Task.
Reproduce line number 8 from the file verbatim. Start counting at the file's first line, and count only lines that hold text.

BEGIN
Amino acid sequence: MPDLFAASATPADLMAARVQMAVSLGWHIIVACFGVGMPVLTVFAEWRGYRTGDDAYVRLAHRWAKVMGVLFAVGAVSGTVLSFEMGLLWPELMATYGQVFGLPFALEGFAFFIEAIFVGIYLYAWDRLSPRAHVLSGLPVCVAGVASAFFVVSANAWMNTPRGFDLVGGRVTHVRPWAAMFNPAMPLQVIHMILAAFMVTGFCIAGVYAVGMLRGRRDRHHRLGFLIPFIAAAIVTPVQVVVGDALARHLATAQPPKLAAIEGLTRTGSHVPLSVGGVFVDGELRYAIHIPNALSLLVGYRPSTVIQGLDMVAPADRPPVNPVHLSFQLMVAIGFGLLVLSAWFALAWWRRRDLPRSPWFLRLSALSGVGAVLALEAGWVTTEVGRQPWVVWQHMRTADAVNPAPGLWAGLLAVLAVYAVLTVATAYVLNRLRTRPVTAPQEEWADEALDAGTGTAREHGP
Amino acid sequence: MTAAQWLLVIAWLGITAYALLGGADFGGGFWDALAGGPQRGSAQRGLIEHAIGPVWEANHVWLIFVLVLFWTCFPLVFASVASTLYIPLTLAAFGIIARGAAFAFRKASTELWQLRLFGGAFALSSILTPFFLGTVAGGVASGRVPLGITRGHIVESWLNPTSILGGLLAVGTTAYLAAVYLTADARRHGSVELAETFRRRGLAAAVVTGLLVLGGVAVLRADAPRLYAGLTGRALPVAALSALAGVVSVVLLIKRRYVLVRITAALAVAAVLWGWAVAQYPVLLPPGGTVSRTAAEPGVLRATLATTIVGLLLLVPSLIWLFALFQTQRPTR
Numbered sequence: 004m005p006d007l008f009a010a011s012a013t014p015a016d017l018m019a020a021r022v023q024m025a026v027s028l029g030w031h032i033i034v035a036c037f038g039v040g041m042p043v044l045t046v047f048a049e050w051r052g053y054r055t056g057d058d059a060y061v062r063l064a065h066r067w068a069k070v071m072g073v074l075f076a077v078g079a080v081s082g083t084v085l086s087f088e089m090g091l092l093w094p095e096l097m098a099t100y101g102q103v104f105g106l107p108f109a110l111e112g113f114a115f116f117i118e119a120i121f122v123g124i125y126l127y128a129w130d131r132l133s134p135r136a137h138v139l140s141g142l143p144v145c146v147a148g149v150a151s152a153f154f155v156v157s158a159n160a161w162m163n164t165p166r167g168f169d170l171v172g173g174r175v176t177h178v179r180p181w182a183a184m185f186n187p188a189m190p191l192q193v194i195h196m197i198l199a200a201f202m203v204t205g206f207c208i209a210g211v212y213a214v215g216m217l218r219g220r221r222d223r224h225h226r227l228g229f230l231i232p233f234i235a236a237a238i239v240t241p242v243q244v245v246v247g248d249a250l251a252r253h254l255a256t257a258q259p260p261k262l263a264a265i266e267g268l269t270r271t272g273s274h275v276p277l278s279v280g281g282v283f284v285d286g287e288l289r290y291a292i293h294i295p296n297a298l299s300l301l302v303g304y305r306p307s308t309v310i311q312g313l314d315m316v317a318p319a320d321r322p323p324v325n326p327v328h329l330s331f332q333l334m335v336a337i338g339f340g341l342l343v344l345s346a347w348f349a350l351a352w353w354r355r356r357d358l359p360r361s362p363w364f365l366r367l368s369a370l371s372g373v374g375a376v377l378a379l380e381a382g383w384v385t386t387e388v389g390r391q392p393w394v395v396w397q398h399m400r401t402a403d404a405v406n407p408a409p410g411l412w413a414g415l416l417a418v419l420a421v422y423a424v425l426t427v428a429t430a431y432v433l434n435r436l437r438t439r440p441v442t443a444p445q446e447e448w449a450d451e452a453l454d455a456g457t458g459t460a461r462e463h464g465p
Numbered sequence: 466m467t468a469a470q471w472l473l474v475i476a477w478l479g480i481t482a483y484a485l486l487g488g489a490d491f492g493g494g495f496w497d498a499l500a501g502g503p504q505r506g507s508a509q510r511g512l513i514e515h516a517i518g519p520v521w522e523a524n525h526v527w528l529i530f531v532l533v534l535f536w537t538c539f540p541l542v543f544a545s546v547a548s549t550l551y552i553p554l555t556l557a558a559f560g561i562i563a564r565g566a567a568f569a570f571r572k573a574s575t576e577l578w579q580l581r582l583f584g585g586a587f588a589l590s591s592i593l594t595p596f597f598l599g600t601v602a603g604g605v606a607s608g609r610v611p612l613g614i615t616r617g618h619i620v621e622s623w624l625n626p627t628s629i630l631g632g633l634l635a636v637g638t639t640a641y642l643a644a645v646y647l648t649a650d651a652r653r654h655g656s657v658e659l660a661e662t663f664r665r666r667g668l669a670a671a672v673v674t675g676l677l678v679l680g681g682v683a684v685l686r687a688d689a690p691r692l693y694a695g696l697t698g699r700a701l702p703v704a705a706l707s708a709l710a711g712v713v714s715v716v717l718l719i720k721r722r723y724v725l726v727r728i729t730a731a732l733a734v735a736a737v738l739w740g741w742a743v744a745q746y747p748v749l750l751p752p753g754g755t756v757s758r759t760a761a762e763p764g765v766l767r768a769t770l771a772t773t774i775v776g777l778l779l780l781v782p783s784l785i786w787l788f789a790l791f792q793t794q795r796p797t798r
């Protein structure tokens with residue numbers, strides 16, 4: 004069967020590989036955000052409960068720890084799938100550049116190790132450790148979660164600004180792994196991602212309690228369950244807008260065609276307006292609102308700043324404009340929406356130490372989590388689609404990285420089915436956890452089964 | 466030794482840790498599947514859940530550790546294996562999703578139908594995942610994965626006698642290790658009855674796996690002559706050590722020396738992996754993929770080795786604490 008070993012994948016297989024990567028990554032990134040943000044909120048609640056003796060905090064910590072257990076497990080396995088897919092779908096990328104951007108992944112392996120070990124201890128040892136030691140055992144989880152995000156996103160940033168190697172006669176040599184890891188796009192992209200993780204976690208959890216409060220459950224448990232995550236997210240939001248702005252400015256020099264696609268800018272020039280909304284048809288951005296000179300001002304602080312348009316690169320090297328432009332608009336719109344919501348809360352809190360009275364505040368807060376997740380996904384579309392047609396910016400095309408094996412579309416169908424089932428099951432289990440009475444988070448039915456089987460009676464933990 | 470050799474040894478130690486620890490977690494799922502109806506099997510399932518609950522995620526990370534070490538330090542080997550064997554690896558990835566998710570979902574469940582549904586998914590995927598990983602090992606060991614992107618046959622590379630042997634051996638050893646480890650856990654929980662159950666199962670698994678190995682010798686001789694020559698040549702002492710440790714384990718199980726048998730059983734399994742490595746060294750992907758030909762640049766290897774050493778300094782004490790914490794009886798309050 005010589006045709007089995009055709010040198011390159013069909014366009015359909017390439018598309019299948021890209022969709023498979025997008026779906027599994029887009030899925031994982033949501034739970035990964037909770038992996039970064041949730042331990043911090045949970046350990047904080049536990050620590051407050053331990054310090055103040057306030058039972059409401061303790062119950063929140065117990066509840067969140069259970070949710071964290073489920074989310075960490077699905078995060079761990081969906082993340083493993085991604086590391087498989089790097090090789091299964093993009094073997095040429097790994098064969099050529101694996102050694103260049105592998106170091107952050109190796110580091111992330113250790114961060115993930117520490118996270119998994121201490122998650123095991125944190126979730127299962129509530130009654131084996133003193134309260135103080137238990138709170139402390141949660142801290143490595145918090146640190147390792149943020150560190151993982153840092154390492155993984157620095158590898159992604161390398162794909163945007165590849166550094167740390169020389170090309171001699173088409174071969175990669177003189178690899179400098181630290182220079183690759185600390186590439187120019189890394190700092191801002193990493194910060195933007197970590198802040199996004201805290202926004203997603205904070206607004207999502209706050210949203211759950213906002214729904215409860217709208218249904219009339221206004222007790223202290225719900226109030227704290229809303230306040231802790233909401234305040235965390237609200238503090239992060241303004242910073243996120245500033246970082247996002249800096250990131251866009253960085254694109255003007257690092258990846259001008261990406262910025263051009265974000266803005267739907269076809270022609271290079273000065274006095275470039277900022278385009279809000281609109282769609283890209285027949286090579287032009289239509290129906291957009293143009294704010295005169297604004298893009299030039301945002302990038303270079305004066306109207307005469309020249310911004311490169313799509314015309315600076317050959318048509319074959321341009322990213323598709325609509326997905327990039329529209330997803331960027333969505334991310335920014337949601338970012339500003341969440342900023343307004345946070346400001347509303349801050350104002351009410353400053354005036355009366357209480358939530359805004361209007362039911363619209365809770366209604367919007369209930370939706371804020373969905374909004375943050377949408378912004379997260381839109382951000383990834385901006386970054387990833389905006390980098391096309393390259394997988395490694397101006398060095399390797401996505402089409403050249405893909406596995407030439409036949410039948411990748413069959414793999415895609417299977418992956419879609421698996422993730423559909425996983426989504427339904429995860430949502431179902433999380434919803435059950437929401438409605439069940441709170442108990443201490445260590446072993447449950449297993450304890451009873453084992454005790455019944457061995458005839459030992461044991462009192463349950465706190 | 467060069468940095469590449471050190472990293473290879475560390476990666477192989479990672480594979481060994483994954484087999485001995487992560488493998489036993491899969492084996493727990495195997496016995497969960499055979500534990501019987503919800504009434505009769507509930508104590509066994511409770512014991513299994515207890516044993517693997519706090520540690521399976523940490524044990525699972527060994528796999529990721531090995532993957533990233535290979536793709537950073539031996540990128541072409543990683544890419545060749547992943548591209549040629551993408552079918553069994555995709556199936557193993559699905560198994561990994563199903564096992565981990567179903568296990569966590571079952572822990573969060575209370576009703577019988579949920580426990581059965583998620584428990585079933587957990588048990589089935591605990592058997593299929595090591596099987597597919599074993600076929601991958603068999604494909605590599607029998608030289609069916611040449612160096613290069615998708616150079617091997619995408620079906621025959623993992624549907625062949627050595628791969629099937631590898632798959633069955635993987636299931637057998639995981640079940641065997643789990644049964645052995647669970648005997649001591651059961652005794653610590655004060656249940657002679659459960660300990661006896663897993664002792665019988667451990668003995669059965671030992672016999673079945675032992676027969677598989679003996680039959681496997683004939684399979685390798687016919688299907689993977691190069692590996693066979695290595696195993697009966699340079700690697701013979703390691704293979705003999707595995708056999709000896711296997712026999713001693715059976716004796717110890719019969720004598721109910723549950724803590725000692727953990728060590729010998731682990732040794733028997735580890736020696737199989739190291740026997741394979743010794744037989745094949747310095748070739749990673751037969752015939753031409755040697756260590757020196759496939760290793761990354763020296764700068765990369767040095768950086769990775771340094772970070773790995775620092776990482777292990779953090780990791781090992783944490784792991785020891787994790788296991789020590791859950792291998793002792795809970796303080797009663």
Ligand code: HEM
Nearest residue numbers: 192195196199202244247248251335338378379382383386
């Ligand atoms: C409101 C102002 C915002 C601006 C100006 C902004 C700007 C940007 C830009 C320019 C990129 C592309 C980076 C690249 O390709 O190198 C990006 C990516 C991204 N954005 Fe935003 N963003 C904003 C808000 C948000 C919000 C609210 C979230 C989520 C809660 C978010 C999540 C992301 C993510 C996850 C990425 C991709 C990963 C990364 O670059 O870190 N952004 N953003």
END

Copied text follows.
């Ligand atoms: C409101 C102002 C915002 C601006 C100006 C902004 C700007 C940007 C830009 C320019 C990129 C592309 C980076 C690249 O390709 O190198 C990006 C990516 C991204 N954005 Fe935003 N963003 C904003 C808000 C948000 C919000 C609210 C979230 C989520 C809660 C978010 C999540 C992301 C993510 C996850 C990425 C991709 C990963 C990364 O670059 O870190 N952004 N953003």